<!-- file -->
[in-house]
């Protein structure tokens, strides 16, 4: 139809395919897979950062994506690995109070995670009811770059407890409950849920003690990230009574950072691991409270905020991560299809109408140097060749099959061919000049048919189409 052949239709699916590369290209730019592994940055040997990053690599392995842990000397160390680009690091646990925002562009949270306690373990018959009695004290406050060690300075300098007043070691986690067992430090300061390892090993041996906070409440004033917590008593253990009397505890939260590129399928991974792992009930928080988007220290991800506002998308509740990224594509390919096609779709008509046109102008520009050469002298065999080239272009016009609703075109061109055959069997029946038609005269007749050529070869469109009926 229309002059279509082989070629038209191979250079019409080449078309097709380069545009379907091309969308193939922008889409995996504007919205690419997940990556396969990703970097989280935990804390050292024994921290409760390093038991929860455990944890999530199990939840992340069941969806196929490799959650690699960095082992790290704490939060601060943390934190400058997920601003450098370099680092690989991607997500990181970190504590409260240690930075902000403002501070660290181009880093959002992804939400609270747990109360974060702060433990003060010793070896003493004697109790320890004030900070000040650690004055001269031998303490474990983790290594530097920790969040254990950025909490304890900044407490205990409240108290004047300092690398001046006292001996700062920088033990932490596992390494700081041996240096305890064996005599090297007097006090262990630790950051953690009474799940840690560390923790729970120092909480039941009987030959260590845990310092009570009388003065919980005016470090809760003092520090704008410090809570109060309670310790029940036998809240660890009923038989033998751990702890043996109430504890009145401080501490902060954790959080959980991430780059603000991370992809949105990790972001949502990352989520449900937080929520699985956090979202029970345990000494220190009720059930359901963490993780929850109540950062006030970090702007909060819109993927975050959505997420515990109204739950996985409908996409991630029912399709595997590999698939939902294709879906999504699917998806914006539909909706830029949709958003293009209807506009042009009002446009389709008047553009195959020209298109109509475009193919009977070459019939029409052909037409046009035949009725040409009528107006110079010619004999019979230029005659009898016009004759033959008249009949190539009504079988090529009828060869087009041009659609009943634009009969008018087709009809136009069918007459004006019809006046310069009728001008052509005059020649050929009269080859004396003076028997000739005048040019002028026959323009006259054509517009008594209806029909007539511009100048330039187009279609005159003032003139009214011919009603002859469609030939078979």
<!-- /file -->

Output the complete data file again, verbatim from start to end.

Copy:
[in-house]
């Protein structure tokens, strides 16, 4: 139809395919897979950062994506690995109070995670009811770059407890409950849920003690990230009574950072691991409270905020991560299809109408140097060749099959061919000049048919189409 052949239709699916590369290209730019592994940055040997990053690599392995842990000397160390680009690091646990925002562009949270306690373990018959009695004290406050060690300075300098007043070691986690067992430090300061390892090993041996906070409440004033917590008593253990009397505890939260590129399928991974792992009930928080988007220290991800506002998308509740990224594509390919096609779709008509046109102008520009050469002298065999080239272009016009609703075109061109055959069997029946038609005269007749050529070869469109009926 229309002059279509082989070629038209191979250079019409080449078309097709380069545009379907091309969308193939922008889409995996504007919205690419997940990556396969990703970097989280935990804390050292024994921290409760390093038991929860455990944890999530199990939840992340069941969806196929490799959650690699960095082992790290704490939060601060943390934190400058997920601003450098370099680092690989991607997500990181970190504590409260240690930075902000403002501070660290181009880093959002992804939400609270747990109360974060702060433990003060010793070896003493004697109790320890004030900070000040650690004055001269031998303490474990983790290594530097920790969040254990950025909490304890900044407490205990409240108290004047300092690398001046006292001996700062920088033990932490596992390494700081041996240096305890064996005599090297007097006090262990630790950051953690009474799940840690560390923790729970120092909480039941009987030959260590845990310092009570009388003065919980005016470090809760003092520090704008410090809570109060309670310790029940036998809240660890009923038989033998751990702890043996109430504890009145401080501490902060954790959080959980991430780059603000991370992809949105990790972001949502990352989520449900937080929520699985956090979202029970345990000494220190009720059930359901963490993780929850109540950062006030970090702007909060819109993927975050959505997420515990109204739950996985409908996409991630029912399709595997590999698939939902294709879906999504699917998806914006539909909706830029949709958003293009209807506009042009009002446009389709008047553009195959020209298109109509475009193919009977070459019939029409052909037409046009035949009725040409009528107006110079010619004999019979230029005659009898016009004759033959008249009949190539009504079988090529009828060869087009041009659609009943634009009969008018087709009809136009069918007459004006019809006046310069009728001008052509005059020649050929009269080859004396003076028997000739005048040019002028026959323009006259054509517009008594209806029909007539511009100048330039187009279609005159003032003139009214011919009603002859469609030939078979």